Death by PowerPoint

I got to thinking about my own project for this course, having read Zlatka Dyankova's final project report. She teaches English at Tryana Private High School of Languages and IT in Stara Zagora, Bulgaria and her goal was to plan and conduct action research, which involves a change related to technology use in your classroom.

One of her basic aims was to use new technological tools (a sports WebQuest) to activate the students in reading and writing, make them more active in communicating and sharing opinions and to promoting motivation.

Dyankova's WebQuest was colorful, creative and full of engaging ideas, but in the end students were required to produce a PowerPoint presentation of their discoveries. At this point, I started thinking about my own history class WebQuests and how much more fun it was to involve the students in the process of creating a blog, taking photographs to illustrate posts and publishing blog posts for OUR blog. They also published prezis (Prezi.com) of their own "lectures," commented teachers' blog posts which were based on lectures in class, commented each others' blog posts and gave feedback online: History in English: Freedom Struggles Around the World.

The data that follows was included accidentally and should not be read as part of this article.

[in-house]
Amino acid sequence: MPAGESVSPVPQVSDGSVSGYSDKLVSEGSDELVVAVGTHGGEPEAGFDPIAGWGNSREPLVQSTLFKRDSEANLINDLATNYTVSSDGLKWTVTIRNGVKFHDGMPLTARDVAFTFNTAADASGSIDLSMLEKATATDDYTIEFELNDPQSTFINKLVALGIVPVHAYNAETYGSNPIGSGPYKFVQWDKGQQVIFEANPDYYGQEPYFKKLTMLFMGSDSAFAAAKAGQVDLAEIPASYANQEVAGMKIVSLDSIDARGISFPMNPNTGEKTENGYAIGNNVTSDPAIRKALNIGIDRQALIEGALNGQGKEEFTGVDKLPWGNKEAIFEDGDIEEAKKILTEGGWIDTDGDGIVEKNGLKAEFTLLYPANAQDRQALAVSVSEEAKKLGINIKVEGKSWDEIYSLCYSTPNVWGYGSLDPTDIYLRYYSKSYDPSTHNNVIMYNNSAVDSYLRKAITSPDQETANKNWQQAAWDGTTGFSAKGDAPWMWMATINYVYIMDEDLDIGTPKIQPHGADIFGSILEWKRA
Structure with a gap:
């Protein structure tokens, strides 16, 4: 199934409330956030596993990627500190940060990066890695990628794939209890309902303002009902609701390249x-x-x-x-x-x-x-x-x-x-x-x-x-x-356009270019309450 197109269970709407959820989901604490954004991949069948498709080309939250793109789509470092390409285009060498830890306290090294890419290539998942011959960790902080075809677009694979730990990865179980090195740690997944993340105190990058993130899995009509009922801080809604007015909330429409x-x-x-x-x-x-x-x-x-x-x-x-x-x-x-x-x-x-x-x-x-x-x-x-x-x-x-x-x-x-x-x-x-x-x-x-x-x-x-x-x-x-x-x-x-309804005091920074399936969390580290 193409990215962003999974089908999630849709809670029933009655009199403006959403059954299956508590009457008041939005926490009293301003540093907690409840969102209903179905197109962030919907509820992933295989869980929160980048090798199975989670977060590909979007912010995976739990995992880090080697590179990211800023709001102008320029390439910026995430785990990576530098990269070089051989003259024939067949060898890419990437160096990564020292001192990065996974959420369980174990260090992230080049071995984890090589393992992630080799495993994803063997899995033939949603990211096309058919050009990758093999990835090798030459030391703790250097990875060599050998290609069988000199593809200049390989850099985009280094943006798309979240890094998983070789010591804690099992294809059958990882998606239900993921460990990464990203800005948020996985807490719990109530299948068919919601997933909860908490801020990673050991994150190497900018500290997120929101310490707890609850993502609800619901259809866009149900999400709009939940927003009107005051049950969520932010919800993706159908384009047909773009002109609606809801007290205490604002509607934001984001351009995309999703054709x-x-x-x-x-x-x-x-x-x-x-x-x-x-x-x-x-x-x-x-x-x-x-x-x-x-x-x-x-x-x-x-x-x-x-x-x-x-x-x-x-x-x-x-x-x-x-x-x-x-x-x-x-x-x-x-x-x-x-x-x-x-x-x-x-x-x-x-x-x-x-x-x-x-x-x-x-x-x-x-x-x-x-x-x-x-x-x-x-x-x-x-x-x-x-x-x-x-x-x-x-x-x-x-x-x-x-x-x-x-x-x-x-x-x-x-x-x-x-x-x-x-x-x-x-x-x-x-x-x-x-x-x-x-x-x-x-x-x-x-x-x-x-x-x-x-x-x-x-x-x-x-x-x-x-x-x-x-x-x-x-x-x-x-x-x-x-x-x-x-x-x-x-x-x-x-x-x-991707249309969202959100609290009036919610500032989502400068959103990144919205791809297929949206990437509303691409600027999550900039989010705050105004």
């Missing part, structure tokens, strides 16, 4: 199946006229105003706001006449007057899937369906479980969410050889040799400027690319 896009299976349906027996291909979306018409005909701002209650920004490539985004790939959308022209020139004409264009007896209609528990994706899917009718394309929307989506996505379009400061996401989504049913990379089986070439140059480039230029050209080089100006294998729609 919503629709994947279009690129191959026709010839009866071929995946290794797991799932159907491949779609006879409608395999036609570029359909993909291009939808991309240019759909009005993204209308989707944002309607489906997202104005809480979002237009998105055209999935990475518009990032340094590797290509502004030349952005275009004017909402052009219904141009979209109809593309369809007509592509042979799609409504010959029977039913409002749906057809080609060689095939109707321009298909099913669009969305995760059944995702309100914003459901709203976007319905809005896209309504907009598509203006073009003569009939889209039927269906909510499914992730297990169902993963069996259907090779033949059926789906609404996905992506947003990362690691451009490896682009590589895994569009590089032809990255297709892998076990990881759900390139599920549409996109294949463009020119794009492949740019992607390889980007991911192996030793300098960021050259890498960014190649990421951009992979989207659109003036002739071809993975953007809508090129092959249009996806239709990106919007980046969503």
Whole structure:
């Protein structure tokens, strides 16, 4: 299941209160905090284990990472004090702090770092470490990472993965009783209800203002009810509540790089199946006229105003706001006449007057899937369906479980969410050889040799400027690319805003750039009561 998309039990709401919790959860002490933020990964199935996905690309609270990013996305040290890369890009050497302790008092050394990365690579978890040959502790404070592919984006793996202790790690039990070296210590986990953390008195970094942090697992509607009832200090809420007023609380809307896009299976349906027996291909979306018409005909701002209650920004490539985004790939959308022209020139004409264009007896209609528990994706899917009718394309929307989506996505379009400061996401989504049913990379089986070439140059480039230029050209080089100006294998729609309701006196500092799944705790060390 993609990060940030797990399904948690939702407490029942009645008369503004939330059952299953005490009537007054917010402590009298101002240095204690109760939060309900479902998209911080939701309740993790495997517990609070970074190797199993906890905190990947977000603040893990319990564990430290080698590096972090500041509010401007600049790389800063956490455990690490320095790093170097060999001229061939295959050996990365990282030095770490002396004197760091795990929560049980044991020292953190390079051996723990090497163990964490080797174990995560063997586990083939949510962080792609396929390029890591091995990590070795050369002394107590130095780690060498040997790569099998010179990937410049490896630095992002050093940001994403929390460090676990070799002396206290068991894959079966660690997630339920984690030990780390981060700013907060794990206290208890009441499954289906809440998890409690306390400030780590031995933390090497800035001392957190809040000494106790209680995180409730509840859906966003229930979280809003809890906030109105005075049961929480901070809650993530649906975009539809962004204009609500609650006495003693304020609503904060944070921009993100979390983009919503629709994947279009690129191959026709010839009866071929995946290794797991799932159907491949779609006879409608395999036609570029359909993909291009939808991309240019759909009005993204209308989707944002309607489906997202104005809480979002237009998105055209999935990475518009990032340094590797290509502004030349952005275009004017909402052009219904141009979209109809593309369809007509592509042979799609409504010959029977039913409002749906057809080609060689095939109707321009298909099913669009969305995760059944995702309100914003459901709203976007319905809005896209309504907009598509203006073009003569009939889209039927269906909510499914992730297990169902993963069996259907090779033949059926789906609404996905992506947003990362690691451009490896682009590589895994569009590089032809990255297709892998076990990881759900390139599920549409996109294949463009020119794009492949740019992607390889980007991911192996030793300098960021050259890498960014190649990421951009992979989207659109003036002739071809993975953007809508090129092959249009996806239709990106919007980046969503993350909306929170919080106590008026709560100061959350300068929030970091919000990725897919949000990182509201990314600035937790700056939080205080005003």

PowerPoints are still very popular in schools and taught by many teachers. I fail to see why. PowerPoint is so old school. Let me explain why.

Student autonomy is the first incentive to any successful project and that can only be achieved by actively involving and encouraging students to create new content for the web. In the process they learn to censor themselves, think about copyrights and netiquette, practice constructive criticism and produce something they can call their own and be proud of for the world to enjoy.

Our course goes by the name interactive webskills. Interaction is the key element of social media. If a teacher merely creates something that has already been chewed up and processed FOR the students, they have no emotional ties to the web project and are therefore less motivated. Interaction on the web is achieved by commenting tools which are available when using blogs, Facebook, discussion forums, prezis, YouTube, collaborative mind maps etc. PowerPoint is not a webtool, unless it is published in a blog post, and is therefore far from interactive.

For my final project, I promise to involve my students in the entire process and give them the chance to show me the full scale of their skills on the interactive world wide web. Every teacher should do the same. You might be amazed!

I often show this video to my students before they start making their presentations and just for laughs:

And here is a sweded version of Harry Potter that my students created for Drama in English. We had so much fun and the video is amazing. You can read the feedback for the course on our blog, Sweet sweded!:

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